Copper Falls on Bets U.S. Budget Impasse to Crimp Economy

Dec. 24 (Bloomberg) -- Copper futures fell as concerns mounted that a U.S. budget impasse will damp prospects for the economy and metal demand.

Lawmakers said they were losing confidence that Congress and President Barack Obama can reach a deal within a week to avoid more than $600 billion in tax increases and spending cuts that may trigger a recession. Last week, copper dropped 3.1 percent, the most in six months.

“Investors are very nervous about this entire issue,” Bart Melek, the Toronto-based head of commodity strategy at TD Securities, said in a telephone interview. “The deadline is approaching, and there seems to be no resolution in sight.”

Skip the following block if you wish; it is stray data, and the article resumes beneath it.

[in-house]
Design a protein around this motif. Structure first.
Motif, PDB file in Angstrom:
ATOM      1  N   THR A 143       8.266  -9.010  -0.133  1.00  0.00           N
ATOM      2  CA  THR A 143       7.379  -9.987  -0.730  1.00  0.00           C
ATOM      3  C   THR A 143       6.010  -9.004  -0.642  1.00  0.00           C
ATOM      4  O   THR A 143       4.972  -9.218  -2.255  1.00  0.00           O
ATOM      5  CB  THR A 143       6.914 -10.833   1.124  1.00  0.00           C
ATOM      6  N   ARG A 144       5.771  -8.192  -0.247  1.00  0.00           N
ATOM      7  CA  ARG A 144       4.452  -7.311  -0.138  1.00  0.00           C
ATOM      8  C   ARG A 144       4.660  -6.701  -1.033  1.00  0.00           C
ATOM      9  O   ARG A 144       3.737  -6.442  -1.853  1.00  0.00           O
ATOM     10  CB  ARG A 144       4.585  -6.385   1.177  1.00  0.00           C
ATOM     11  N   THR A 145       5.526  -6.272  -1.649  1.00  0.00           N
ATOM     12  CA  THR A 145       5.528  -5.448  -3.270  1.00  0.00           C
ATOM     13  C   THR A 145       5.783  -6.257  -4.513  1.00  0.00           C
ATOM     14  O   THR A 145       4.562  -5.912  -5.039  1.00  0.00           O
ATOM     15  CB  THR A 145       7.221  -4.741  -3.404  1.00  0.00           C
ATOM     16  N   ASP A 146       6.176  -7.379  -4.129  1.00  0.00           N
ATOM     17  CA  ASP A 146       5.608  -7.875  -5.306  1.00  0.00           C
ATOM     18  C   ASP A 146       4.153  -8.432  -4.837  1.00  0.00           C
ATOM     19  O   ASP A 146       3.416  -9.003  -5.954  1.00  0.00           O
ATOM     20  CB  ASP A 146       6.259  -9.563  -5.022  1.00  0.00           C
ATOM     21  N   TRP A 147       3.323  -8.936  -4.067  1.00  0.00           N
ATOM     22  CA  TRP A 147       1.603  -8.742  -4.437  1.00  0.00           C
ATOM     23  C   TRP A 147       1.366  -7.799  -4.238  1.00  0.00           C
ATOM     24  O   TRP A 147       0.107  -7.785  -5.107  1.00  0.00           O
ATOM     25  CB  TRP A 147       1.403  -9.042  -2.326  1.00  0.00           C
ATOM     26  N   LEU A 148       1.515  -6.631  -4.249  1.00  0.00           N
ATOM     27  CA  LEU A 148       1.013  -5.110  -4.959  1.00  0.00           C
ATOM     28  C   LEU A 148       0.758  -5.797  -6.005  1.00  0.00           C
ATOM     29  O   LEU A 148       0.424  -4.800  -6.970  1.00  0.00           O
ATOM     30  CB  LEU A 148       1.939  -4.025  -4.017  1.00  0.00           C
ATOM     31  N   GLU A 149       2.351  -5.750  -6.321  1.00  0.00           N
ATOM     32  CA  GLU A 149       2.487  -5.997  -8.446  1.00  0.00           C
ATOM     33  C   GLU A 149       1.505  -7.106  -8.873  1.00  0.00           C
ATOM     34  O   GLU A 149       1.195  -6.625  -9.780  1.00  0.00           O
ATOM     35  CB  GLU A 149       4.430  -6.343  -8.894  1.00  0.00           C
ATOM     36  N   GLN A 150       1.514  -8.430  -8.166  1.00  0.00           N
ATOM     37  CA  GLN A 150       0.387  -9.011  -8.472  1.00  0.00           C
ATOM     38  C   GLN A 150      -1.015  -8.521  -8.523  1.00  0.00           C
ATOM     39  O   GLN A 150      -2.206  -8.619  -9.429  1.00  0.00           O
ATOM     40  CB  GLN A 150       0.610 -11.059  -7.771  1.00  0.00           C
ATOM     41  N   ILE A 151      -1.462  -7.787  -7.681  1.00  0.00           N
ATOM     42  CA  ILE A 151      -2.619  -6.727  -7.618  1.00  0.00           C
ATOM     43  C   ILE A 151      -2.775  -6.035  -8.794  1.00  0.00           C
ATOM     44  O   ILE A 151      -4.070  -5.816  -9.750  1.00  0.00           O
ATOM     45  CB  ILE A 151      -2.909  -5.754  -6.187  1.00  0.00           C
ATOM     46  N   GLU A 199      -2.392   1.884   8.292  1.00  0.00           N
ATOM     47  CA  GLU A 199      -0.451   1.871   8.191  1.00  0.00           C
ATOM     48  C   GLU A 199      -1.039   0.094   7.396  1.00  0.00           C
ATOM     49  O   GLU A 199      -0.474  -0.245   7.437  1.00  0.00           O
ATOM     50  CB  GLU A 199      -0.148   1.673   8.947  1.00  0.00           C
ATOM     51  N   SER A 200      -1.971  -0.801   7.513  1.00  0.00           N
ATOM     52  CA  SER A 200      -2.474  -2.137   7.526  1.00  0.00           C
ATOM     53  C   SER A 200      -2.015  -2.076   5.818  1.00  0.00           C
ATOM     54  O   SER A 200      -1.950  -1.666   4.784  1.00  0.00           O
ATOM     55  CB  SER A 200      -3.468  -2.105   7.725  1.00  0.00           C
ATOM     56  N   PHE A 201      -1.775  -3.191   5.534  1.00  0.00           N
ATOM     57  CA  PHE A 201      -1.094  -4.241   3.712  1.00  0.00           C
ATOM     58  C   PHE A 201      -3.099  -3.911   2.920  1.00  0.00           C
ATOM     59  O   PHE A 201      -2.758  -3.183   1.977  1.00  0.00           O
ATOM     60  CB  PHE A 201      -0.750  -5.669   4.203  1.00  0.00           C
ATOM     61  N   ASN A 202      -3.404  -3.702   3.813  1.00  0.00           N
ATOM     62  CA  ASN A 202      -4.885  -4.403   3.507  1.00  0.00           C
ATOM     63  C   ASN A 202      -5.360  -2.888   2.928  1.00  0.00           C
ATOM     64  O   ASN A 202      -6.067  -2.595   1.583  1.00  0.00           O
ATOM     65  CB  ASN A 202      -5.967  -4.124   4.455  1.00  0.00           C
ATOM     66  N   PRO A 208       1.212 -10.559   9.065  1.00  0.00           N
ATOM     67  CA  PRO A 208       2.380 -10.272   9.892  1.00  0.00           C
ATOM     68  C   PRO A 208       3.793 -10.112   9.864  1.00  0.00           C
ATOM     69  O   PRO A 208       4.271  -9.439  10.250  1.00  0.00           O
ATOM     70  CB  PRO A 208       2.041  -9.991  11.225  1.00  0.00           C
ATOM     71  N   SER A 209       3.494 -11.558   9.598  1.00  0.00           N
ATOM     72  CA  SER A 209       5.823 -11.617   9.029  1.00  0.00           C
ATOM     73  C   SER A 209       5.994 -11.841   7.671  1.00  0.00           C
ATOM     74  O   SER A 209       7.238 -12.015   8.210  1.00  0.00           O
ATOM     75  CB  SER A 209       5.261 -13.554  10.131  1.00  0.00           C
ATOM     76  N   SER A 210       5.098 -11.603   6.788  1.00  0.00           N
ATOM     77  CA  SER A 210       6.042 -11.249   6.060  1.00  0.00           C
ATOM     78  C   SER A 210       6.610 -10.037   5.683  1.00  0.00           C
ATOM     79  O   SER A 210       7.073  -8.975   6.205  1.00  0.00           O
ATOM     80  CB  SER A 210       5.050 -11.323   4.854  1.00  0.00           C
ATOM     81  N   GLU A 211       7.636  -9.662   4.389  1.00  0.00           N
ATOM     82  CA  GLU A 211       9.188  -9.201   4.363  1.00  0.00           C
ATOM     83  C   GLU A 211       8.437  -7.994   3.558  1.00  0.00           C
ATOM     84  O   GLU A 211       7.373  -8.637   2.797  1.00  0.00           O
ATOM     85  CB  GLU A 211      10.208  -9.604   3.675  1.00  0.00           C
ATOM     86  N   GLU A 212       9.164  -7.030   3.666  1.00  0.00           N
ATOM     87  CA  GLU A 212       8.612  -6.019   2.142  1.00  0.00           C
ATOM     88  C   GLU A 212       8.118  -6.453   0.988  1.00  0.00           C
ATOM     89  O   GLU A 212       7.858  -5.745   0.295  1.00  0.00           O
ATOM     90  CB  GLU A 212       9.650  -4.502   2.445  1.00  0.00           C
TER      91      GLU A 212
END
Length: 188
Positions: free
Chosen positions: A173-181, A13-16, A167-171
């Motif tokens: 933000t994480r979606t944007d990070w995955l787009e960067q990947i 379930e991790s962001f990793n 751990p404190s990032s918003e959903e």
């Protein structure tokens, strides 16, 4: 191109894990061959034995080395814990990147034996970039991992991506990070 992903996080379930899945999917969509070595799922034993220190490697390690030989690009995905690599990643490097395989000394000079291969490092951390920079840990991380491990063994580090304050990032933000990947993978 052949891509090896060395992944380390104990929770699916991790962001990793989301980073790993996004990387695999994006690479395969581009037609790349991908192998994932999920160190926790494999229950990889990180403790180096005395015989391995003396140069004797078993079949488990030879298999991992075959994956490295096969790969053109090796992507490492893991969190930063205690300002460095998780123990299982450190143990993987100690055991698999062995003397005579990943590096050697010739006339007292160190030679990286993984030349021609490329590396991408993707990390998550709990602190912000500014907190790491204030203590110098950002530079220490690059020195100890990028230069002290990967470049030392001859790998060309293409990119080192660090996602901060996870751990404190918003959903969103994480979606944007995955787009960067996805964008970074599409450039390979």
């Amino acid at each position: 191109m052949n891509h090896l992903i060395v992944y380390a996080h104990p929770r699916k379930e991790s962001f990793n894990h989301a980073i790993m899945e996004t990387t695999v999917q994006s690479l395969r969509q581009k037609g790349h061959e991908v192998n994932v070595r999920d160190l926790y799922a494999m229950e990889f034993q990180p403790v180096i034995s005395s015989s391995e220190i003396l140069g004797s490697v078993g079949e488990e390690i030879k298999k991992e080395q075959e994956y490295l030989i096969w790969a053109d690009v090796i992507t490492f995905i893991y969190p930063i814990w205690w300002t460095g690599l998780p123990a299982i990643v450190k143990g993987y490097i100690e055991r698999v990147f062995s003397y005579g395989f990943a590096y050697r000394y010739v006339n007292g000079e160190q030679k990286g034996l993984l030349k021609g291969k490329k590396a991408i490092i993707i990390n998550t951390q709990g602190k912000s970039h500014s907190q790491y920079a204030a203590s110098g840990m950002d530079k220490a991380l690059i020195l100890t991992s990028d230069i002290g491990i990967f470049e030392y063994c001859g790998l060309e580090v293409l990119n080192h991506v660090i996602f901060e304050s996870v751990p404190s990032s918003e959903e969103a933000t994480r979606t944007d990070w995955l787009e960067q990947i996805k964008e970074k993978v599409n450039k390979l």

Copper futures for March delivery dropped 0.6 percent to settle at $3.546 a pound at 12:19 p.m. on the Comex in New York. The metal has gained 3.2 percent this year.

On the London Metal Exchange, copper for delivery in three months declined 0.3 percent to $7,810 a metric ton ($3.54 a pound).

Stockpiles monitored by the LME rose for the 13th straight session, the longest advance since January 2011.

Aluminum, nickel and zinc fell, while lead and tin rose in London.

To contact the reporters on this story: Agnieszka Troszkiewicz in London at; Debarati Roy in New York at

To contact the editor responsible for this story: Steve Stroth at